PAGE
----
In today’s blog, the Honourable J.E. Côté shares his thoughts on copied vs. original documents, including the 13 dangers of copied documents.
Each decade, a new technology gives us more convenient mechanical or electronic ways to reproduce or store written material. Lawyers and their clients make more and more use of them. It has become common to see most written material in such machine-made forms. Indeed sometimes there is no real “original” of some record in the traditional sense. Machine-made versions are all there are or ever were.
Relying on Copies
Should lawyers therefore stop asking if there ever was an “original” and simply rely on various types of copies or transmitted versions? Is an electronic version, a scan, or a photostat, always as good as the original?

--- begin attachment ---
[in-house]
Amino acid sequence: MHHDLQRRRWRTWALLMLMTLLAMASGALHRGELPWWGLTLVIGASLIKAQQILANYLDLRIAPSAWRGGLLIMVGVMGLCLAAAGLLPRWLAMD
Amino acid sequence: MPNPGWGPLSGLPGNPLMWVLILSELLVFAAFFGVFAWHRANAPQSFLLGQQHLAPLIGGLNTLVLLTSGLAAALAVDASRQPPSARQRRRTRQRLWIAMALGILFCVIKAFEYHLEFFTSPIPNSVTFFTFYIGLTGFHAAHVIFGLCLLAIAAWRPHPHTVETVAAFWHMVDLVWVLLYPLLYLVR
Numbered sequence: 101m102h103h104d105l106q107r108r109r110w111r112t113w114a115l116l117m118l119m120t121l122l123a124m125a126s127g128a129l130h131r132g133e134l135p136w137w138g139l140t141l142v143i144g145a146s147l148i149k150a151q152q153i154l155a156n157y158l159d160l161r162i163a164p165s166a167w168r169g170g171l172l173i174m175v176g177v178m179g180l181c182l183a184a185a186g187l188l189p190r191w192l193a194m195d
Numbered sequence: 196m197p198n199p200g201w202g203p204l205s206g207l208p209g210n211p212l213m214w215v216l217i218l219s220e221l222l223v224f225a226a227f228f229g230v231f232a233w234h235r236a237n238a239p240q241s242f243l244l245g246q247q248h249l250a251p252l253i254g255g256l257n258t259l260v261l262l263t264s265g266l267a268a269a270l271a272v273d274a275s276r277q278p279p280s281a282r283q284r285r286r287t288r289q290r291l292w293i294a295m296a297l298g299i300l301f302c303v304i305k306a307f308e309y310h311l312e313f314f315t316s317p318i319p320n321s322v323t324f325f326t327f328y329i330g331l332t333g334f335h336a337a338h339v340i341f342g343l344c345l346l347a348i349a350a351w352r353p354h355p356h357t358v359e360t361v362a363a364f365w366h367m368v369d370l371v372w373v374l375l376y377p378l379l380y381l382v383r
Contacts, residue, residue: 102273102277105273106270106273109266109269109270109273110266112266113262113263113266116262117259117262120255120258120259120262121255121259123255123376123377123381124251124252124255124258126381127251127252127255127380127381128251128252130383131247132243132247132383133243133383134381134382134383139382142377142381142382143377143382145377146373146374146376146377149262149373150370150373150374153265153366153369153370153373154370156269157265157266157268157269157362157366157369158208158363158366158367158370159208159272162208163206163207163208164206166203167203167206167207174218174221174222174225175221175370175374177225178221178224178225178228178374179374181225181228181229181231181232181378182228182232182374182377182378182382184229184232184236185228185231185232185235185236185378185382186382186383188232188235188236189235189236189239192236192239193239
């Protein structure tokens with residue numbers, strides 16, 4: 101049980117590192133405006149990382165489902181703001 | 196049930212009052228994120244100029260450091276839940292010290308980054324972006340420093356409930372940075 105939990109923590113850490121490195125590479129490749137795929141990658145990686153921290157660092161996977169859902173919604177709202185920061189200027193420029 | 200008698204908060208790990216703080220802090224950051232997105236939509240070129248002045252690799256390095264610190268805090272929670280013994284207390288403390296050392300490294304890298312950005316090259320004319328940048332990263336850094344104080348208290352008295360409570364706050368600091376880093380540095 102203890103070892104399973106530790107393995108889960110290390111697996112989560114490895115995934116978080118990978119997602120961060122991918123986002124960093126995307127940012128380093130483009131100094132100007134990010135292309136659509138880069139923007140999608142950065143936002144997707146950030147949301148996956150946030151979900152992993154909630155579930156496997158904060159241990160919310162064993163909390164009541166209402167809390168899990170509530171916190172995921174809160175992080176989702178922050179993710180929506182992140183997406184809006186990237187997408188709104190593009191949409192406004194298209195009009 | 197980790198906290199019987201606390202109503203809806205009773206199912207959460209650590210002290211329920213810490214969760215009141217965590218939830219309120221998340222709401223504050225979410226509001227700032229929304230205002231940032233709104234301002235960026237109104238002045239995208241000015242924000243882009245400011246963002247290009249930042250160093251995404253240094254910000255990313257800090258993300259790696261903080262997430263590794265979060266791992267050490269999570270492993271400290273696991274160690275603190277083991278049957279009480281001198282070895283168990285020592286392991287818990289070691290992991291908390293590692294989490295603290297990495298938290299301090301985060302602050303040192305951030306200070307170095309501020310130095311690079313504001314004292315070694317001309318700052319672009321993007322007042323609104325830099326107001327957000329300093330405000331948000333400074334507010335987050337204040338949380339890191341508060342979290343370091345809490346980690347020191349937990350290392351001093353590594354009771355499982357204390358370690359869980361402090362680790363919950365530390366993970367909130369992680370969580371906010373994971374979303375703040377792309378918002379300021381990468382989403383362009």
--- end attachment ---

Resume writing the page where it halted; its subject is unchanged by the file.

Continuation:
This question arises in more than one context. It comes up in litigation: civil discovery of records, or criminal or family law disclosure, comes from one side to the other. The question also applies to taking instructions from clients or semi-clients, and getting admissible evidence of various things.
Much of what a solicitor does also raises such “copies” questions; conducting due diligence searches and inquiries, and securing documents needed to close a transaction.
To see whether a copy is good enough, you first have to go to the law. At common law, a copy of a document is not admissible in evidence. There are some common-law and statutory exceptions, and maybe the principled exception to hearsay might apply. But those exceptions eat away only certain corners; most copies of documents are inadmissible. And the boundaries of admissibility are very unclear.
You Have a Choice